The recurring themes of ancient and indigenous wisdoms about what made a good leader are:
Contribution to society;
Acting in the common good;
The leader as the teacher;
Reflection - thinking then acting, being context-focussed.

Why the focus on seemingly internal goals? Well "Culture eats strategy for breakfast", you can have the best strategic plan in the world. If the culture isn't right, and if you're not playing your part in setting that culture, you've got no chance. 

The theme of stewardship permeates these goals, remembering the future, and seeing organisations as living organisms. "Holding the space" enables space for things to happen. The theme of the week was largely one of space, allowing sense-making time. The other theme was of a complex, constantly restricting world - which led us onto VUCA:

Volatility – the large scale, fast pace of change is impossible to react to
Uncertainty - not enough or too much learning
Complexity – Interconnections – new problems arise, and how do we solve problems now?
Ambiguity – Mixed meanings, making sense of what we see.

This state of reality for public services means that we can no longer 'predict and control', but we have to 'sense and respond'. Building in the opportunity to fail becomes essential - building in the space to learn from those mistakes equally so. And there doesn't need to be someone to blame!

Picture the scene. 

You arrive at the premiere of a film two hours late, (stick with me here) you run into the romantic comedy you have missed the bulk of, and see the two lead actors sharing a kiss over a bottle of wine, the camera pans out to show the beautiful sunset, the lapping waves. The director is weeping and applauding, the actors are congratulating themselves. 
The kiss means nothing to you, because you've watched none of the story, you don't care about the pay-off. 
Your indifference is picked up on by an actor, who sits you down and talks you through the entire story, from start to finish, because you must care! The story is excellent! How can't you care!

That's what the public sector does with strategic plans. 
We show people our strategic vision, maybe in a grand release, and expect them to be enthused, to buy into the story. When they aren't, we may explain the plan to them, which makes it even worse!

What happens when I'm stressed because things are going wrong?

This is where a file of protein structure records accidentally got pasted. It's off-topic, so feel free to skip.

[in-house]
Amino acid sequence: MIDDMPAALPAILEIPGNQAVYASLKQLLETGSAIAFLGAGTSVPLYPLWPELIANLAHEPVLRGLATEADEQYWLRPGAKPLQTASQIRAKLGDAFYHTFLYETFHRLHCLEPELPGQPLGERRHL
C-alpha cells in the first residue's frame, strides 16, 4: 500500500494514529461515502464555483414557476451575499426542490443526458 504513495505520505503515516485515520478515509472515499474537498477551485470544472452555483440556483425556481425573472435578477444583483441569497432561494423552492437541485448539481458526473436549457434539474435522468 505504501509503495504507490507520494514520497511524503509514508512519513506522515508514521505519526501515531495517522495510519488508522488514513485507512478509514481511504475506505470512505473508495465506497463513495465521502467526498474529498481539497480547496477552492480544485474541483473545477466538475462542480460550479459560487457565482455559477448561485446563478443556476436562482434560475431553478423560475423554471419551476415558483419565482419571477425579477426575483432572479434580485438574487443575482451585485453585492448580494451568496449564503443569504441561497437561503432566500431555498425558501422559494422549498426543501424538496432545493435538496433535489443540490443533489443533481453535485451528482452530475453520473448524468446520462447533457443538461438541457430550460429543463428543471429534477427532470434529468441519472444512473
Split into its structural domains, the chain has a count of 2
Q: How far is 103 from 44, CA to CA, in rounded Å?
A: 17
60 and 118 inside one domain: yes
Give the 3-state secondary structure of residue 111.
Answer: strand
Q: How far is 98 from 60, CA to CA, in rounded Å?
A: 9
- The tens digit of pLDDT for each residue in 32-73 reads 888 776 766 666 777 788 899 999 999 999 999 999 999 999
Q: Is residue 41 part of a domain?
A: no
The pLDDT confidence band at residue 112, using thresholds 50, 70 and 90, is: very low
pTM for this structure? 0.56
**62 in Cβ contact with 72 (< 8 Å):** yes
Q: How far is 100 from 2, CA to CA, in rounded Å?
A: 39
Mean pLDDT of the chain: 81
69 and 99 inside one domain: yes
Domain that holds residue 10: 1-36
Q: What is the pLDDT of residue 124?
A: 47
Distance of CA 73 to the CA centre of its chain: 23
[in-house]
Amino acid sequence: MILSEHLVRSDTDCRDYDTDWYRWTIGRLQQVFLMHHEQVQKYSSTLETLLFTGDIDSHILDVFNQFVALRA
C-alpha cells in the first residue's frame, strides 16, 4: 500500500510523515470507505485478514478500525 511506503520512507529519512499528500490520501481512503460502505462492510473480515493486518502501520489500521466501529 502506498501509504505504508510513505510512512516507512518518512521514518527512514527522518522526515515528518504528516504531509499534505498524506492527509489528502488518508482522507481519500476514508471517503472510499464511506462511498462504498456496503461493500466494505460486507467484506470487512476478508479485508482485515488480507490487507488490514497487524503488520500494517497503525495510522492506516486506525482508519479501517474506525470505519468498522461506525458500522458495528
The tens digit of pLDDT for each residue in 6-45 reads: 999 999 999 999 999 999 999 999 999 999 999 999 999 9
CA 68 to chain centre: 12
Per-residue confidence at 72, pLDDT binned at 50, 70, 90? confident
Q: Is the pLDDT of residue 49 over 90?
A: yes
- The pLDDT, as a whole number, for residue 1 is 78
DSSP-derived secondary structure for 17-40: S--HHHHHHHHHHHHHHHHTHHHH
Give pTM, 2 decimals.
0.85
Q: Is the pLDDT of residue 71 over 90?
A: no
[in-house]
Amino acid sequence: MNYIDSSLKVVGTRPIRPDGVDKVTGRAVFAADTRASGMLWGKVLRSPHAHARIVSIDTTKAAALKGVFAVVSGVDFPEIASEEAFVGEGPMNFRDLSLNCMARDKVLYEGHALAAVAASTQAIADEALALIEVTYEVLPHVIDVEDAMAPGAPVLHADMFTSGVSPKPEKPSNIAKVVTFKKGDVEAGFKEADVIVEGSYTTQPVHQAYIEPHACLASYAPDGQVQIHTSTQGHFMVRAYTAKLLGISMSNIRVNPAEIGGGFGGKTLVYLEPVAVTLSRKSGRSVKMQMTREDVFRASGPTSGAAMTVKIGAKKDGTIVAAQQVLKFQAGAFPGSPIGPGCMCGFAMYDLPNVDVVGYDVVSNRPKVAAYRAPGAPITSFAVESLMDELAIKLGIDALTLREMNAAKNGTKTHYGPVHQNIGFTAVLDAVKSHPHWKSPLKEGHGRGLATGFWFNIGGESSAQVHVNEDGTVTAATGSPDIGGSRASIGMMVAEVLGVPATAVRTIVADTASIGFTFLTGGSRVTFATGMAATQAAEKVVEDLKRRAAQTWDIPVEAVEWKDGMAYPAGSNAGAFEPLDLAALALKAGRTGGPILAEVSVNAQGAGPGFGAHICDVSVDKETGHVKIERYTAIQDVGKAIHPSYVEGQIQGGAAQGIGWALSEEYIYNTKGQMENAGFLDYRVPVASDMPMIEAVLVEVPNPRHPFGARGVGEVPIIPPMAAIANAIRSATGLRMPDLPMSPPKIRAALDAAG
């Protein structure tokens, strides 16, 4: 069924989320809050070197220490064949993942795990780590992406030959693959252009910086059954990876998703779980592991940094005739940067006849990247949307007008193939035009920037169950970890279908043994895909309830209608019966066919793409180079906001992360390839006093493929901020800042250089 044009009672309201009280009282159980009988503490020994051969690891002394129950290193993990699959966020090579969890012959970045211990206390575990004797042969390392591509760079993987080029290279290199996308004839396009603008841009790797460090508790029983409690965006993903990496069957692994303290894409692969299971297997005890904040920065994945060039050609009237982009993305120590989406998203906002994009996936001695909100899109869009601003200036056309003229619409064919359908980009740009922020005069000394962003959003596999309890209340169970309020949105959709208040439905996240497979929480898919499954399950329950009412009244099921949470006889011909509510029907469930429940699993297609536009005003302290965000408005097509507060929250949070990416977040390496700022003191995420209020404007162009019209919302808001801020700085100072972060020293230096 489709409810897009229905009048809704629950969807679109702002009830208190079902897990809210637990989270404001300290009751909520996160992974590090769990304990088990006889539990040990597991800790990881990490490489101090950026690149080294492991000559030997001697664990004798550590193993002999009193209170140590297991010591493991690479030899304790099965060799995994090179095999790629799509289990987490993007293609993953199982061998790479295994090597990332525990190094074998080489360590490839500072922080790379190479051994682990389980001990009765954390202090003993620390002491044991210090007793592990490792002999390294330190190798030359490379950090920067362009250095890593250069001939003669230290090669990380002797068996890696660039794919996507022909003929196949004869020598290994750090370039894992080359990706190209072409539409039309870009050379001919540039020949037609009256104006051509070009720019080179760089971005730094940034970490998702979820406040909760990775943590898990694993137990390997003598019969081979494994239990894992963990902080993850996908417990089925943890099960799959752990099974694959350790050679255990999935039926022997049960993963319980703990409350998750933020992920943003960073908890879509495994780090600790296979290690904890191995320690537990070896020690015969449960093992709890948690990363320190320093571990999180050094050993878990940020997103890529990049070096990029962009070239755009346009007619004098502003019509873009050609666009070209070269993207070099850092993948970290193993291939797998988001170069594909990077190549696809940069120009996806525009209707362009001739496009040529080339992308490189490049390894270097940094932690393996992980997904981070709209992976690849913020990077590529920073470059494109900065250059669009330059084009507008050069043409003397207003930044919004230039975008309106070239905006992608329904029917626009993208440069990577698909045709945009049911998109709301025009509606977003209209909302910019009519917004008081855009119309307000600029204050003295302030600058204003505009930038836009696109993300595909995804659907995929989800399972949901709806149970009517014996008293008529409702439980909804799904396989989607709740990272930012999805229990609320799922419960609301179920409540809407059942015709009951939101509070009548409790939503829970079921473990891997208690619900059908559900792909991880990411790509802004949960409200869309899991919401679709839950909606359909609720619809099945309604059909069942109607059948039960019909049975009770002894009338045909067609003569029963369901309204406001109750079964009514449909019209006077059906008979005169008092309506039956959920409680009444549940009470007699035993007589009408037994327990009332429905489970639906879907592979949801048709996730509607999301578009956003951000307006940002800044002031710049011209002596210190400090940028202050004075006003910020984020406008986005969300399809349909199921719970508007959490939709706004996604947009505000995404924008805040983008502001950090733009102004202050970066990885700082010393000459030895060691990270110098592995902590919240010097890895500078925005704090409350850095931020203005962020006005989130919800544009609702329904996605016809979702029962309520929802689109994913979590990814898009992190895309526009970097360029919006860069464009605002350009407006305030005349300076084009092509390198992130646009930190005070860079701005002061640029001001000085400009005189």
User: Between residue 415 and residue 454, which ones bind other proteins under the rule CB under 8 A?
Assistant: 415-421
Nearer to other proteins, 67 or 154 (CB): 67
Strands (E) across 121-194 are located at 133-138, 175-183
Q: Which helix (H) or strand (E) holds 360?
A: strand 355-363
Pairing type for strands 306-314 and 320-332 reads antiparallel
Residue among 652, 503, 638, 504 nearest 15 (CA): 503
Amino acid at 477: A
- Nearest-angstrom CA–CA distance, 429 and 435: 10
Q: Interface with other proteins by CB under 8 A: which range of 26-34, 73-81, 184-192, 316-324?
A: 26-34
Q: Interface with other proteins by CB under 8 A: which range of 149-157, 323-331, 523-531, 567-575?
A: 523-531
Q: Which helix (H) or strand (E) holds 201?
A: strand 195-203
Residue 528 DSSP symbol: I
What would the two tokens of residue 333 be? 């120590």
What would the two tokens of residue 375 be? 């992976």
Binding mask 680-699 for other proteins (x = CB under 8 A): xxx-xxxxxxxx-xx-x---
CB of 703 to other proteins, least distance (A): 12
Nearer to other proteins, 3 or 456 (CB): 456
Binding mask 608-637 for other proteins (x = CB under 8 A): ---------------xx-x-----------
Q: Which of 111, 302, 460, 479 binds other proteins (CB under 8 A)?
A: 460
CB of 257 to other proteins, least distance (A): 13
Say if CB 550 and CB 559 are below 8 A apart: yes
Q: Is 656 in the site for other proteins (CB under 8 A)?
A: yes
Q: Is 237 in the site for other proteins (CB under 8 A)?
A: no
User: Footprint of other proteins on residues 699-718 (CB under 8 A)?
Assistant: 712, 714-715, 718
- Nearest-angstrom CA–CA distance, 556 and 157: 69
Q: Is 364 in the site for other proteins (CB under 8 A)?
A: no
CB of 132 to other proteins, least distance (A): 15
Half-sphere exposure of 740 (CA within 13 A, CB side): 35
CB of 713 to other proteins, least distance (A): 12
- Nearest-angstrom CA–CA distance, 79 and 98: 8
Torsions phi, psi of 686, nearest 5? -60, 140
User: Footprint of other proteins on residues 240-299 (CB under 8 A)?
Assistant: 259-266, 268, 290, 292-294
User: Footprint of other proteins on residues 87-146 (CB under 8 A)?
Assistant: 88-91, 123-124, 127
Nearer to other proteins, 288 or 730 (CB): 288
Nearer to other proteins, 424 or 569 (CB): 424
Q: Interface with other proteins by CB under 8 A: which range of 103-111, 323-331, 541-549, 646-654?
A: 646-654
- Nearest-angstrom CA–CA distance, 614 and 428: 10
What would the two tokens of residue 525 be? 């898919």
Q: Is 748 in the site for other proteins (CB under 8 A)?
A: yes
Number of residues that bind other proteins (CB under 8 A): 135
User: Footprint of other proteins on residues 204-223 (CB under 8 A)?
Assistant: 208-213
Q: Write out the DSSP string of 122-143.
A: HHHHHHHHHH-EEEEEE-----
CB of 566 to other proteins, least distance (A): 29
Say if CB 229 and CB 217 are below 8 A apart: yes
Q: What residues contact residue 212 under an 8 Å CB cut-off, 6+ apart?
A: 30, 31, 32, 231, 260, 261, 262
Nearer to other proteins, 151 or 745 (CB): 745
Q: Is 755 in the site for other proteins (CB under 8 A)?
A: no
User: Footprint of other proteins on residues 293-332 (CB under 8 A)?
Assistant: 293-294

Stress is a form of energy. “Anxiety is excitement without breath” – Noradrenaline reacts with the CO2 in the brain. We can affect our level of stress by deep breaths, associating the feeling of stress with four deep breaths, in and out. This works by increasing the amount of Noradrenaline in the body.

A female researcher stood in the middle of a rickety bridge hundreds of feet above a churning river in Vancouver and asked young men crossing the bridge to take part in her experiment. She asked them to write a short story in several minutes. She then gave them her contact details as a researcher would. She then carried out the same experiment on stable ground a little further down the river. About 70% more of the stories written on the rickety bridge involved sexual content, and many of the men writing on the rickety bridge contacted her asking for a date. Stress is a lot about how other people will react to you – and stress often has identical emotions to anger, arousal, and excitement, the context is all important – the physical symptoms are the same; dry mouth, fast heartbeat, churning stomach, sweaty hands.
Mentally shifting ‘Stressed’ to ‘Excited’. It has the same physical emotions, and as we see above, thinking differently brings about change.

Why are we overly stressed? Are we setting our goals too high? Or too low?

To the right side of the above optimal zone, the demands you have put on yourself are more than expected, hence the stress. The optimal zone is the goals sweet spot – too easy and too difficult goals defeat us. Successful people set moderate goals for themselves.